Right hepatic artery injury associated with laparoscopic bile duct injury: Incidence, mechanism, and consequences
Because most bile duct injuries involve the common hepatic duct, the right hepatic artery, which is nearby, can also be injured. Reports on the frequency and significance of right hepatic artery injury (RHAI) associated with bile duct injury are sparse but suggest that RHAI increases mortality and decreases the success of the biliary repair. We studied the incidence, mechanism, and consequences of RHAI accompanying major bile duct injury. A total of 261 laparoscopic bile duct injuries were analyzed. Distribution was as follows: class I, 6%; class II, 22%; class III, 61%; and class IV, 11%. RHAI was present in 84 cases (32%): class I, 6%; class II, 17%; class III, 35% (P < 0.04 vs. class I/II); and class IV, 64% (P < 0.007 vs. class I/II/III). RHAI was more commonly associated with abscess, bleeding, hemobilia, right hepatic lobe ischemia, and subsequent hepatectomy (54% with RHAI vs. 11% without RHAI; P < 0.0001). RHAI had no infiuence on the success of the bile duct injury repair or on the mortality rate. Complications occurred more often with RHAI among cases repaired by the primary surgeon (41% RHAIvs.2%no RHAI; P < 0.0001) but not among repairs by a biliary surgeon (3%RHAIvs.2%no RHAI, P = NS; P < 0.0001 primary vs. biliary surgeon). RHAI increased morbidity, and occurred more often with class III and IV injuries refiecting the mechanisms of these injuries. RHAI did not increase the mortality rate or alter the success of biliary repair. Among biliary injuries repaired by the primary surgeon, RHAI was associated with a higher incidence of postoperative abscess, bleeding, hemobilia, hepatic ischemia, and the need for hepatic resection. A similar increase in the complication rate was not seen in patients treated by a biliary specialist.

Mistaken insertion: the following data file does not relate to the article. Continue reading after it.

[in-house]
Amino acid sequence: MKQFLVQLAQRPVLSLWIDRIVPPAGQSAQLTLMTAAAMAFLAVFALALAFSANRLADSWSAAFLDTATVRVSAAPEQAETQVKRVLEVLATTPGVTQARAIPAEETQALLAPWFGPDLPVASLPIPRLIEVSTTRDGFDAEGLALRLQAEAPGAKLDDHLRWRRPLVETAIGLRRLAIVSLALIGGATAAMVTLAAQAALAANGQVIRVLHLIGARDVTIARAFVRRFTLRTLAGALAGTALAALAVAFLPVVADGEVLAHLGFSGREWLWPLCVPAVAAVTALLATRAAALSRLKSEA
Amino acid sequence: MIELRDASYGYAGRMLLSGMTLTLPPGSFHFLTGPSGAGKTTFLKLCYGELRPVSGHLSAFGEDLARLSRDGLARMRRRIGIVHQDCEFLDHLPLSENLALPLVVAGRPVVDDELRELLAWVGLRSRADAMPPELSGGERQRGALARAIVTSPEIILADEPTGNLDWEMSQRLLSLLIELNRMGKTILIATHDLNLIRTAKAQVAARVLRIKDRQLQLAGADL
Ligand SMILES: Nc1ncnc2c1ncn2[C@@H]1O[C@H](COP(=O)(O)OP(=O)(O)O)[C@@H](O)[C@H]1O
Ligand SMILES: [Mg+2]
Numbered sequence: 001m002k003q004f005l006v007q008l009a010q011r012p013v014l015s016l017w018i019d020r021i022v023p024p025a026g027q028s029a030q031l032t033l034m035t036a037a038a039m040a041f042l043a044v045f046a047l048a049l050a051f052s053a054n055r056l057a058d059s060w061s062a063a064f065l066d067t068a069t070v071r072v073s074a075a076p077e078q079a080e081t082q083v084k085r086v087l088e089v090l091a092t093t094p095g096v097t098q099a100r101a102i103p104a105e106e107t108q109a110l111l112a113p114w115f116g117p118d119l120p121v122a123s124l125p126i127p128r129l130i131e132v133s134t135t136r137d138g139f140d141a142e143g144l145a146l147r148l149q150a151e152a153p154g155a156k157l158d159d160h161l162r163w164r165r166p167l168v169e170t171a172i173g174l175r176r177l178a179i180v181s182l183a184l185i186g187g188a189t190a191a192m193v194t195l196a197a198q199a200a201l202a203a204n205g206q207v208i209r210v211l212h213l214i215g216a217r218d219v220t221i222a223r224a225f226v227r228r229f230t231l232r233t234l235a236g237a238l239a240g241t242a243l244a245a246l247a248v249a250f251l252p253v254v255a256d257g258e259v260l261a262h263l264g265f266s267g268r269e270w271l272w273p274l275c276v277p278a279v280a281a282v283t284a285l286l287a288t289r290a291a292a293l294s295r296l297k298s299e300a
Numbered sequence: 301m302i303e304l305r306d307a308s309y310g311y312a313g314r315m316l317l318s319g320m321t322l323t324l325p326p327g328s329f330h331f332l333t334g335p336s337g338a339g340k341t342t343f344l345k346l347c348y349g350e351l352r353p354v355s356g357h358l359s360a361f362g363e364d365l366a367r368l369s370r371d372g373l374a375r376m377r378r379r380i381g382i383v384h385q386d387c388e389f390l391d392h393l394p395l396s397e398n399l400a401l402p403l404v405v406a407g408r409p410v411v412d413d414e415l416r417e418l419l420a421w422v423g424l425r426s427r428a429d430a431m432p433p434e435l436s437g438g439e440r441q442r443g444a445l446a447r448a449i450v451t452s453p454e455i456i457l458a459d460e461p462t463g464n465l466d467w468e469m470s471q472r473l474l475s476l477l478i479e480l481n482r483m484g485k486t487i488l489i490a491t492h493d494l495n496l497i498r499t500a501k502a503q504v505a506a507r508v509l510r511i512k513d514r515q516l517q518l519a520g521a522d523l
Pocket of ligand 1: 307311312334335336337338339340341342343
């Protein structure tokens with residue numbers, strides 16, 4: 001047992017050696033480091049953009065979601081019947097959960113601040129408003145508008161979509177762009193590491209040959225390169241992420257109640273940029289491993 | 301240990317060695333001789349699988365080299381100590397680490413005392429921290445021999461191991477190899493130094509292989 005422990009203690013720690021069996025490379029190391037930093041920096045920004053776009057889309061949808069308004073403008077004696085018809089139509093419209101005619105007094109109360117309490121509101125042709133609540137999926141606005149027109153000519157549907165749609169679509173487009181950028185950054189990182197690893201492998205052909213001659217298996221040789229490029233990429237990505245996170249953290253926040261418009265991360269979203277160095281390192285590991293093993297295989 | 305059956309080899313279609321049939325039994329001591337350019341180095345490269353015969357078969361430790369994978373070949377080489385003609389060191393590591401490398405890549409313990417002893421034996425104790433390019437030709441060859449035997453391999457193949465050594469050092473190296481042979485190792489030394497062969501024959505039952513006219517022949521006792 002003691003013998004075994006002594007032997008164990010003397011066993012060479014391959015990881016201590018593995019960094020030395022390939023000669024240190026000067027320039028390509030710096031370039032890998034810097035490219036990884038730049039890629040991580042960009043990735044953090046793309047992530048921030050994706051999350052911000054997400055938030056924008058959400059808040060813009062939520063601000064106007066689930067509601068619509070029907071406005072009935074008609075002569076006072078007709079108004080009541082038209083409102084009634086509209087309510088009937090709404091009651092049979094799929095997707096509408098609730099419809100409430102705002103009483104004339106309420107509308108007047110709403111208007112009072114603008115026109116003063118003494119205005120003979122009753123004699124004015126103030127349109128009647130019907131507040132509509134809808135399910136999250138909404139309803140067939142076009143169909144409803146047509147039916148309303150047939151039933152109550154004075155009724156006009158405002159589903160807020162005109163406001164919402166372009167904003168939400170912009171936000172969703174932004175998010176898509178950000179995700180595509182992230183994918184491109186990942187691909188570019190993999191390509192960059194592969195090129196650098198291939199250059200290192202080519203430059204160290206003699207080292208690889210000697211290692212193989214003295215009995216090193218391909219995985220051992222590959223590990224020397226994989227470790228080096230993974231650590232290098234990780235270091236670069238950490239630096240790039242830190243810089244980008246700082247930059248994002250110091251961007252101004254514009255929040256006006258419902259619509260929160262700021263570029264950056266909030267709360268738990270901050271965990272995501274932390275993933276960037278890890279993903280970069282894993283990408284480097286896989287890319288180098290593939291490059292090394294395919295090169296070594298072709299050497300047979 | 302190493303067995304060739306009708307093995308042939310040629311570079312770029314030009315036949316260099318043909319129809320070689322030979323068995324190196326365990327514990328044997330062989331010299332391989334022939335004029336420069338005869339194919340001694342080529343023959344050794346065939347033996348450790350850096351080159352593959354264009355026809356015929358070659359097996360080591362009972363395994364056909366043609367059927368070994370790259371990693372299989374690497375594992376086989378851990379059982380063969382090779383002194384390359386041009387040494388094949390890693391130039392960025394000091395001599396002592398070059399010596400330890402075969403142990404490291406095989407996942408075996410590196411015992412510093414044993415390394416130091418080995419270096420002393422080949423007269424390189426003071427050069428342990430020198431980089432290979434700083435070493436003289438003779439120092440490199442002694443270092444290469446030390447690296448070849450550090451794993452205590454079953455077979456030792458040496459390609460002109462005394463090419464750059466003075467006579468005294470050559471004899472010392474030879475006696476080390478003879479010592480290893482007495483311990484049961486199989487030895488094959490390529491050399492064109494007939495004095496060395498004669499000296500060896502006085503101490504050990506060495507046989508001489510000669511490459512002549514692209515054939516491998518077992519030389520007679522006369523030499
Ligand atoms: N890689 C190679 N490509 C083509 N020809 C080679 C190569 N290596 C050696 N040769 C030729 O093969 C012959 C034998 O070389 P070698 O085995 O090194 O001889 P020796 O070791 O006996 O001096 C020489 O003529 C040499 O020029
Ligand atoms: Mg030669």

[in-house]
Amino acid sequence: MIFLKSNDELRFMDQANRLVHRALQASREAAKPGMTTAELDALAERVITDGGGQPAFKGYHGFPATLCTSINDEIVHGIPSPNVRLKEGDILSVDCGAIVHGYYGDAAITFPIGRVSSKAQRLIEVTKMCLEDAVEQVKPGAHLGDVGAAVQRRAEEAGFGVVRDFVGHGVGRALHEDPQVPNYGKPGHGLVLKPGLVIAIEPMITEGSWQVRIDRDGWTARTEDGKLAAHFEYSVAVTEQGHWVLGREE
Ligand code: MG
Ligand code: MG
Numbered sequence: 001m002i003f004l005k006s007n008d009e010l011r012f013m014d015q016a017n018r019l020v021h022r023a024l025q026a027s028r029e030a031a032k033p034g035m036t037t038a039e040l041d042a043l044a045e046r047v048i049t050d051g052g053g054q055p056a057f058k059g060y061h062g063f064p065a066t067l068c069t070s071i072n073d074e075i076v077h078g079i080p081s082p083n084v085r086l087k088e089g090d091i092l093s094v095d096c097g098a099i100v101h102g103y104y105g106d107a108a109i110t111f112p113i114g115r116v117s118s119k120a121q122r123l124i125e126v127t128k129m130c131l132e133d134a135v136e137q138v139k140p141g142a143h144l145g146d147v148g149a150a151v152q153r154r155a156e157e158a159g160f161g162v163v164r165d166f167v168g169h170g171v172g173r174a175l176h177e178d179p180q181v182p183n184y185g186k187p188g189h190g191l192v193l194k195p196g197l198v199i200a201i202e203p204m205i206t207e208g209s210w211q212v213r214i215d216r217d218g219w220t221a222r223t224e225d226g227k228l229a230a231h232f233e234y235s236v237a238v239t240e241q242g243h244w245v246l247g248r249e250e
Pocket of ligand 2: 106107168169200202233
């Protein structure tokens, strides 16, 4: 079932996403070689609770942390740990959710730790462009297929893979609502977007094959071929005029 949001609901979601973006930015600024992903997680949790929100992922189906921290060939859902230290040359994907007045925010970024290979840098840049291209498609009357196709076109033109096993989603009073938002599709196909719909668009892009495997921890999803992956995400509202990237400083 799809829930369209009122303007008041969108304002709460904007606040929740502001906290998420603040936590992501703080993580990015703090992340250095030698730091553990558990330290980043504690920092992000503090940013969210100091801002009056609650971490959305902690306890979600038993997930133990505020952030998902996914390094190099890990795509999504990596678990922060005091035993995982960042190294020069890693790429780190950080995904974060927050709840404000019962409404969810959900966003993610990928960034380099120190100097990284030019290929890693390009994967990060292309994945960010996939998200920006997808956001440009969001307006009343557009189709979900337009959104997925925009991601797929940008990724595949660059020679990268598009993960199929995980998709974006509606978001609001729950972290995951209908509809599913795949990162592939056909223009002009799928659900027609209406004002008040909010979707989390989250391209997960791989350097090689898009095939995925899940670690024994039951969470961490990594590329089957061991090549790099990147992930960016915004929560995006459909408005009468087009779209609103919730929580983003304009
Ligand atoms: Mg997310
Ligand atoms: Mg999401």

Key wordsHepatic arterial injury bile duct injury laparoscopic biliary cholecystectomy
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